Thursday, January 25, 2007


Thomas Jefferson is a hard figure to pin down. His writings and thoughts are so prolific that it is close to impossible to read an excerpt of any of his works and pretend to have a grasp of his thought process. Add his famous contradictions and hypocritical posturings, and you get a very, very complex and conflicted individual. But, no matter an individual's political affiliation or opinion of Jefferson, as a man, one must recognize the sheer genius of the Founding Father.

Jefferson is a lover and true believer in liberty. He believes in the power of rationality to overcome questions of prejudice and injustice. He eloquently attacks the notion of state-sponsored religion, not to mention religous extremism or sectarian strife, as irrational and counter to the goals of a free society. He gives numerous examples of the fallibility of governments and individuals to show that government has no reason to judge or legislate what people should believe. This is a pertinent and controversial even today. The strife, not only in far-away lands like Iraq but, in America also. The rise of the Christian Right over the past decade has explicitly shown the dangers of mixing government and religion too closely.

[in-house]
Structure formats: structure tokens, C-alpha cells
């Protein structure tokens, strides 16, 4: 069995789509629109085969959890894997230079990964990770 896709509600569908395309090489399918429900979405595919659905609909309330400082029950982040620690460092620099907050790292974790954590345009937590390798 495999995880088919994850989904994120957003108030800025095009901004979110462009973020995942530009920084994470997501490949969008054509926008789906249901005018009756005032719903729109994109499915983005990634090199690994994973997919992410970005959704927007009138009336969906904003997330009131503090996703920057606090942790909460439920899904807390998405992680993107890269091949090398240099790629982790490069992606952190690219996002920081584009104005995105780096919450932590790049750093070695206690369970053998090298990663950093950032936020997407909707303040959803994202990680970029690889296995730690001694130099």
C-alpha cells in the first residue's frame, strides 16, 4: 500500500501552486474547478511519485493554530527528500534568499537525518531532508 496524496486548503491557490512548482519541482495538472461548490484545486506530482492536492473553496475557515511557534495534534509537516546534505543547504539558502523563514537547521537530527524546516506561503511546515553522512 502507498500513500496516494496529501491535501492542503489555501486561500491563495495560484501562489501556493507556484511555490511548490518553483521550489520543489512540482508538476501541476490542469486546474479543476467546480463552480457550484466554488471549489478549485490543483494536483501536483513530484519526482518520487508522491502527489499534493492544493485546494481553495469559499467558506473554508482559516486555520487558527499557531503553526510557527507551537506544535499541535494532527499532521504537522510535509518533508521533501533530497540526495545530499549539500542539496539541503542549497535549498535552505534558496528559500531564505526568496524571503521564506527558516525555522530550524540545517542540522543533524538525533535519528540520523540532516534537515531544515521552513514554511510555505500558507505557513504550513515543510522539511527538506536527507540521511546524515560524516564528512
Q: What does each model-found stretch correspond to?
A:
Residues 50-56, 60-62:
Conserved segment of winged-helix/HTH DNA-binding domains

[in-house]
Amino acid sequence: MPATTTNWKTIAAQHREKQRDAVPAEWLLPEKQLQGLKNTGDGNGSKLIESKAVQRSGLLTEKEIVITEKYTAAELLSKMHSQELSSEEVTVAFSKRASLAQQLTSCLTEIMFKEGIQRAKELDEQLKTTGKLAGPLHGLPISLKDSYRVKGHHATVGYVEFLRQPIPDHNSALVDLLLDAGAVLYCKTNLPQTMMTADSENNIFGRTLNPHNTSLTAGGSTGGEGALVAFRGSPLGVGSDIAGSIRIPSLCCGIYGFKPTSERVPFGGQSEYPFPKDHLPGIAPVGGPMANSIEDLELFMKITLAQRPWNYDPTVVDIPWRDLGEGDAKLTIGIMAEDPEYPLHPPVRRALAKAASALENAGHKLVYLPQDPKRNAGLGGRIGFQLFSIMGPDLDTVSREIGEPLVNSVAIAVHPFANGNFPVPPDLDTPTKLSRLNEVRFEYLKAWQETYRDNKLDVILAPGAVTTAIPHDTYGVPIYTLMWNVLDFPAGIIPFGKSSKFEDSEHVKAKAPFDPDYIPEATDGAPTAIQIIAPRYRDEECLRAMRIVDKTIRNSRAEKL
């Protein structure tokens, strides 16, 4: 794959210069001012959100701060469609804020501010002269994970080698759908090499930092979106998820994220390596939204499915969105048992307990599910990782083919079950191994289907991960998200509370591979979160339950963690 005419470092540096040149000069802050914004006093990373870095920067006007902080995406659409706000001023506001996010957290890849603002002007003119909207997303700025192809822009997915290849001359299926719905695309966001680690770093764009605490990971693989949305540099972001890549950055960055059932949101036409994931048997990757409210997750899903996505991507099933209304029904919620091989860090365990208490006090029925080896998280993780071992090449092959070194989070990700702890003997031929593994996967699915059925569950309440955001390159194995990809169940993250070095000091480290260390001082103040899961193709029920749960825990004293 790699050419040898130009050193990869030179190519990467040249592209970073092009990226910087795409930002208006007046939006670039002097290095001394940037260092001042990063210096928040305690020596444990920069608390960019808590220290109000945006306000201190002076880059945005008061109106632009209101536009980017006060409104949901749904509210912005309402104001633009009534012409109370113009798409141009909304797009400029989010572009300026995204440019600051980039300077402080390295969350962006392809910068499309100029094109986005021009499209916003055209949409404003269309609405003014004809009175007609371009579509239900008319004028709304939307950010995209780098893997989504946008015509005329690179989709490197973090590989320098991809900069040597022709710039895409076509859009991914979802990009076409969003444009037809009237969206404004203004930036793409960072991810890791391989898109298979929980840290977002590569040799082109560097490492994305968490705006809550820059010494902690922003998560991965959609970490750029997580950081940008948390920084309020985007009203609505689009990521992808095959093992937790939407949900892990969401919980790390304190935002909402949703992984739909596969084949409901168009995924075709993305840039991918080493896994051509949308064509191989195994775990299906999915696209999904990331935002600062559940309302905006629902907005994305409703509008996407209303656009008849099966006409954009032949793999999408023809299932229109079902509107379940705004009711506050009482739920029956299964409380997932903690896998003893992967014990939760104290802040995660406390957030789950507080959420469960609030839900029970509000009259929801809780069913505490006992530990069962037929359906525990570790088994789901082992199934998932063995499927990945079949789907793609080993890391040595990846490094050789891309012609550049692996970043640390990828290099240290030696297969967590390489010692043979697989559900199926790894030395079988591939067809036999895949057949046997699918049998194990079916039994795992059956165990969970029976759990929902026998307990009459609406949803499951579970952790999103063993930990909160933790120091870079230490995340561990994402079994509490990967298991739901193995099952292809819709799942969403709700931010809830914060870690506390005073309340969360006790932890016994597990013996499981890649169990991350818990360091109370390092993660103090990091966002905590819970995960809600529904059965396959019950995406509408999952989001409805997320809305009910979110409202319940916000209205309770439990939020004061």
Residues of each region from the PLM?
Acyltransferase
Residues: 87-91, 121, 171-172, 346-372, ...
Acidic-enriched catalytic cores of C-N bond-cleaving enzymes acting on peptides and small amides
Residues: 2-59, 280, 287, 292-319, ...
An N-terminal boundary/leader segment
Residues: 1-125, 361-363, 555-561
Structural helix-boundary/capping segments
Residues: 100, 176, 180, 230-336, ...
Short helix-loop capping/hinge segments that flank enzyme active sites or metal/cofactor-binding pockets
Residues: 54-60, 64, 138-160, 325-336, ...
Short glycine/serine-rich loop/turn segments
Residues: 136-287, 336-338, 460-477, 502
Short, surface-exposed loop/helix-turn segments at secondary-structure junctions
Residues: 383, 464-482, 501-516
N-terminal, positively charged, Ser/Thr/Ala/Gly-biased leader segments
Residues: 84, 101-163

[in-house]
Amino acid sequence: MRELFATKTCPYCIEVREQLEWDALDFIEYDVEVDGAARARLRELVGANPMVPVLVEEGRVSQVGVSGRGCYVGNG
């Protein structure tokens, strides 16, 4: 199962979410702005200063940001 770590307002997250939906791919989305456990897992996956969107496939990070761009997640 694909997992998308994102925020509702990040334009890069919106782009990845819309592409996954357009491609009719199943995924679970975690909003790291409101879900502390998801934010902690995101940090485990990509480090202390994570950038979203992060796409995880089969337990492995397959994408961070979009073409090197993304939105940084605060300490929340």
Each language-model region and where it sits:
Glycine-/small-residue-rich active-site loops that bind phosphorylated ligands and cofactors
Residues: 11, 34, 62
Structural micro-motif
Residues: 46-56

It saddens me to imagine Jefferson, arisen from the grave, walking around America, observing all that we have and cherish, and yet, seeing the anti-intellectual, ignorant country that we have become. We have come far in our journey as a country, but we are now plagued by a populace that does not care about learning or justice. We allow our government to run roughshod over the rights and liberties that men like Jefferson fought long and hard for. I am not simply referring to the soldiers who died on the battlefields for our sake. But I am also referring to the politicians, lawyers, and learned men who debated long and hard on how our government should be set-up. Jefferson and other delegates, especially from Virginia, fought long and hard for the inclusion of a bill of rights within our constitution because, they knew that without certain rights explicitly stated, the government would find ways to circumvent them. These individuals would be horrified to see the overstepping of executive power, the capitulation of the congress, all combined with the quiet, accepting apathy of the people. Truly, they would have to wonder whether this great experiment had already died.

Monday, January 22, 2007


Hi. My name is Jamaal Green. I'm a senior economics major with a minor in city and regional planning. I'm looking forward to working with this class. Sorry for the late start, but I hope to catch up and contribute. Thanks